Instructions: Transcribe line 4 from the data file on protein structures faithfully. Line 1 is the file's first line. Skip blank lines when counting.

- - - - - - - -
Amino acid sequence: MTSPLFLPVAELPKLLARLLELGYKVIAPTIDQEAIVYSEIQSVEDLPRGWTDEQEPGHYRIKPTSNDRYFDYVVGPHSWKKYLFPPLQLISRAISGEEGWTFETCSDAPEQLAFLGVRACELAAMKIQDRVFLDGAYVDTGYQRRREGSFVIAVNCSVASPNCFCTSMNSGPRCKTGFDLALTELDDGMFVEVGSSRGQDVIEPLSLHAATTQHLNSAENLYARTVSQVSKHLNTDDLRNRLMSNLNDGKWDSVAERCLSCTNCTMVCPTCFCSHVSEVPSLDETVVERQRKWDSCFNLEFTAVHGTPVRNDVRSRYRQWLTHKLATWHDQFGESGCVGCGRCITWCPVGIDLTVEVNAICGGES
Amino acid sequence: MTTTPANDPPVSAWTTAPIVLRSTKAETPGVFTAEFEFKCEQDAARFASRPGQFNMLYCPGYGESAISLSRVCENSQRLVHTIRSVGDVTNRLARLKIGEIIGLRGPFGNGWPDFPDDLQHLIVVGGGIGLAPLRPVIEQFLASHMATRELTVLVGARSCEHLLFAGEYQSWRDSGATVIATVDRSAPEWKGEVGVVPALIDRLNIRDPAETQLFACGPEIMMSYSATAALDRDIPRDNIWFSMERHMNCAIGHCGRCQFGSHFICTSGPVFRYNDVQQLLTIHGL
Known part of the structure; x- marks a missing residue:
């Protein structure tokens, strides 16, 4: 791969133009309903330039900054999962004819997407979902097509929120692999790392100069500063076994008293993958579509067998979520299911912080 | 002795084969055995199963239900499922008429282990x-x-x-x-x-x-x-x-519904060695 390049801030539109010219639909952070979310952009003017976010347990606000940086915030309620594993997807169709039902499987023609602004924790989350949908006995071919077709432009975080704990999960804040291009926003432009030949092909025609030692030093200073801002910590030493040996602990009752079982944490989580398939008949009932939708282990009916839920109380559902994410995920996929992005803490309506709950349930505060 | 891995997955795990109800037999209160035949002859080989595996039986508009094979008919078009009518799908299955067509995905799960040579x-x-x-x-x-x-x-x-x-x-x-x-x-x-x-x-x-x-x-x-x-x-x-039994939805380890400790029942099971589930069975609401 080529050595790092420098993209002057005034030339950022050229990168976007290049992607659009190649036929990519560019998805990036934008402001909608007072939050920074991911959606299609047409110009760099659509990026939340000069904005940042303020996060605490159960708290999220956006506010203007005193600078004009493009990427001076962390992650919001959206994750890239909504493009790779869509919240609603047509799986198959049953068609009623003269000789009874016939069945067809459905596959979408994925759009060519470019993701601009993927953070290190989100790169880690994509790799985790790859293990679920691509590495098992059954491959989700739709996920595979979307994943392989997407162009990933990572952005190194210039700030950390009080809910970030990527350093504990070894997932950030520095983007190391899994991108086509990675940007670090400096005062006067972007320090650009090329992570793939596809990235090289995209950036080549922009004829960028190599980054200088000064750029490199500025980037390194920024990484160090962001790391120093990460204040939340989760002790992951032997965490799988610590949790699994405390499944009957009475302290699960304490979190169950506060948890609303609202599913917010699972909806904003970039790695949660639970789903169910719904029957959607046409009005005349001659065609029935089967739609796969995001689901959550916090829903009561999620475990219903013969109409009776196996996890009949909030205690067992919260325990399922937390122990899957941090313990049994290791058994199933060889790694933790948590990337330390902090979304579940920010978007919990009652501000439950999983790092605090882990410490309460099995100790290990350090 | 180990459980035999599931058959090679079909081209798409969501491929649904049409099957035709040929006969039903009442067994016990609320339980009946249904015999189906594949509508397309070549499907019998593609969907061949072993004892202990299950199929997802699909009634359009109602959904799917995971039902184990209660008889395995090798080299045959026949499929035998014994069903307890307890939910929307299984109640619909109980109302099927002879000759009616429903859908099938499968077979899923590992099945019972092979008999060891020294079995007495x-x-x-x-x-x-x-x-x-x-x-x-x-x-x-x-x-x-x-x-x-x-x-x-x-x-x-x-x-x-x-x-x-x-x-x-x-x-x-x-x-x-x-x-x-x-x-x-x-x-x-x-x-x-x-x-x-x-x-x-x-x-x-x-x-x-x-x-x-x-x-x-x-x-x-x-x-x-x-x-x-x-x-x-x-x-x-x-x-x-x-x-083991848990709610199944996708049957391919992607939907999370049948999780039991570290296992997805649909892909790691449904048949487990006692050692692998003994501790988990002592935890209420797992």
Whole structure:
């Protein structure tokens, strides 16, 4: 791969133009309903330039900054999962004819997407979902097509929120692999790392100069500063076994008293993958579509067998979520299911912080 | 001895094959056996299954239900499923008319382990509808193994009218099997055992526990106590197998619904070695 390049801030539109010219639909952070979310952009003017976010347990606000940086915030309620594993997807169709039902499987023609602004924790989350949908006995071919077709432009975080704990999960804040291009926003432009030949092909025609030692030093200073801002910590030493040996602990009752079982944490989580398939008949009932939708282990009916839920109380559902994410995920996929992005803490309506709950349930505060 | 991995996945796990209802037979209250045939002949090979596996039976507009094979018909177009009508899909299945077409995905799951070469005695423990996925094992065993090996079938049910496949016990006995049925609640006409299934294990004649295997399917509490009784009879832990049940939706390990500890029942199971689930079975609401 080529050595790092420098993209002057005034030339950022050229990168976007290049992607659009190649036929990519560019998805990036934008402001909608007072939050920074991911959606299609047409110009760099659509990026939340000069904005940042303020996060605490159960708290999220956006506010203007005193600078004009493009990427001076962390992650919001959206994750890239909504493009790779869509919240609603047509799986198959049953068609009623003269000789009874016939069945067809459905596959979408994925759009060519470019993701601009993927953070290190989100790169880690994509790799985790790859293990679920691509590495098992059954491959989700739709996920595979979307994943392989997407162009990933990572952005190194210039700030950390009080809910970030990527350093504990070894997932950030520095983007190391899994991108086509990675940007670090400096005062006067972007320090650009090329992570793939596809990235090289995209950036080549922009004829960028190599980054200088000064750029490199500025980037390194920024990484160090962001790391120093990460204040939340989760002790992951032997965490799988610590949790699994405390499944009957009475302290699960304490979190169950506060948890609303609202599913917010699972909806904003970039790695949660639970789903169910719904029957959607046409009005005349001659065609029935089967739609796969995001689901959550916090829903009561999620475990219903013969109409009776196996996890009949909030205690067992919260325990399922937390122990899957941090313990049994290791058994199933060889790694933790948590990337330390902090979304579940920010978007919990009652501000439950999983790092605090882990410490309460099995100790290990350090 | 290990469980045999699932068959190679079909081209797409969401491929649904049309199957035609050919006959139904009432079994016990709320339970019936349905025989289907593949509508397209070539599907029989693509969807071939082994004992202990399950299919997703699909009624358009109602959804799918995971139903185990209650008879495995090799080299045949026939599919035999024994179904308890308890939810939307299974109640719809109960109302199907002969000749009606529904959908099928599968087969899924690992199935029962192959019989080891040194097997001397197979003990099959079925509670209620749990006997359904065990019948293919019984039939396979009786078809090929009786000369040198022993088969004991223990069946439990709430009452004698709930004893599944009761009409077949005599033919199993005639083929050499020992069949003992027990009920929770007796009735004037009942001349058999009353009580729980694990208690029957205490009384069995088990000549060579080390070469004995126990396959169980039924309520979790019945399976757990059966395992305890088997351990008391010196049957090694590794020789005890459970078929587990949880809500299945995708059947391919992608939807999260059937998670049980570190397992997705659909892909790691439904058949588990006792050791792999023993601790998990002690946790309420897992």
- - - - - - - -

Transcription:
């Protein structure tokens, strides 16, 4: 791969133009309903330039900054999962004819997407979902097509929120692999790392100069500063076994008293993958579509067998979520299911912080 | 002795084969055995199963239900499922008429282990x-x-x-x-x-x-x-x-519904060695 390049801030539109010219639909952070979310952009003017976010347990606000940086915030309620594993997807169709039902499987023609602004924790989350949908006995071919077709432009975080704990999960804040291009926003432009030949092909025609030692030093200073801002910590030493040996602990009752079982944490989580398939008949009932939708282990009916839920109380559902994410995920996929992005803490309506709950349930505060 | 891995997955795990109800037999209160035949002859080989595996039986508009094979008919078009009518799908299955067509995905799960040579x-x-x-x-x-x-x-x-x-x-x-x-x-x-x-x-x-x-x-x-x-x-x-039994939805380890400790029942099971589930069975609401 080529050595790092420098993209002057005034030339950022050229990168976007290049992607659009190649036929990519560019998805990036934008402001909608007072939050920074991911959606299609047409110009760099659509990026939340000069904005940042303020996060605490159960708290999220956006506010203007005193600078004009493009990427001076962390992650919001959206994750890239909504493009790779869509919240609603047509799986198959049953068609009623003269000789009874016939069945067809459905596959979408994925759009060519470019993701601009993927953070290190989100790169880690994509790799985790790859293990679920691509590495098992059954491959989700739709996920595979979307994943392989997407162009990933990572952005190194210039700030950390009080809910970030990527350093504990070894997932950030520095983007190391899994991108086509990675940007670090400096005062006067972007320090650009090329992570793939596809990235090289995209950036080549922009004829960028190599980054200088000064750029490199500025980037390194920024990484160090962001790391120093990460204040939340989760002790992951032997965490799988610590949790699994405390499944009957009475302290699960304490979190169950506060948890609303609202599913917010699972909806904003970039790695949660639970789903169910719904029957959607046409009005005349001659065609029935089967739609796969995001689901959550916090829903009561999620475990219903013969109409009776196996996890009949909030205690067992919260325990399922937390122990899957941090313990049994290791058994199933060889790694933790948590990337330390902090979304579940920010978007919990009652501000439950999983790092605090882990410490309460099995100790290990350090 | 180990459980035999599931058959090679079909081209798409969501491929649904049409099957035709040929006969039903009442067994016990609320339980009946249904015999189906594949509508397309070549499907019998593609969907061949072993004892202990299950199929997802699909009634359009109602959904799917995971039902184990209660008889395995090798080299045959026949499929035998014994069903307890307890939910929307299984109640619909109980109302099927002879000759009616429903859908099938499968077979899923590992099945019972092979008999060891020294079995007495x-x-x-x-x-x-x-x-x-x-x-x-x-x-x-x-x-x-x-x-x-x-x-x-x-x-x-x-x-x-x-x-x-x-x-x-x-x-x-x-x-x-x-x-x-x-x-x-x-x-x-x-x-x-x-x-x-x-x-x-x-x-x-x-x-x-x-x-x-x-x-x-x-x-x-x-x-x-x-x-x-x-x-x-x-x-x-x-x-x-x-x-083991848990709610199944996708049957391919992607939907999370049948999780039991570290296992997805649909892909790691449904048949487990006692050692692998003994501790988990002592935890209420797992």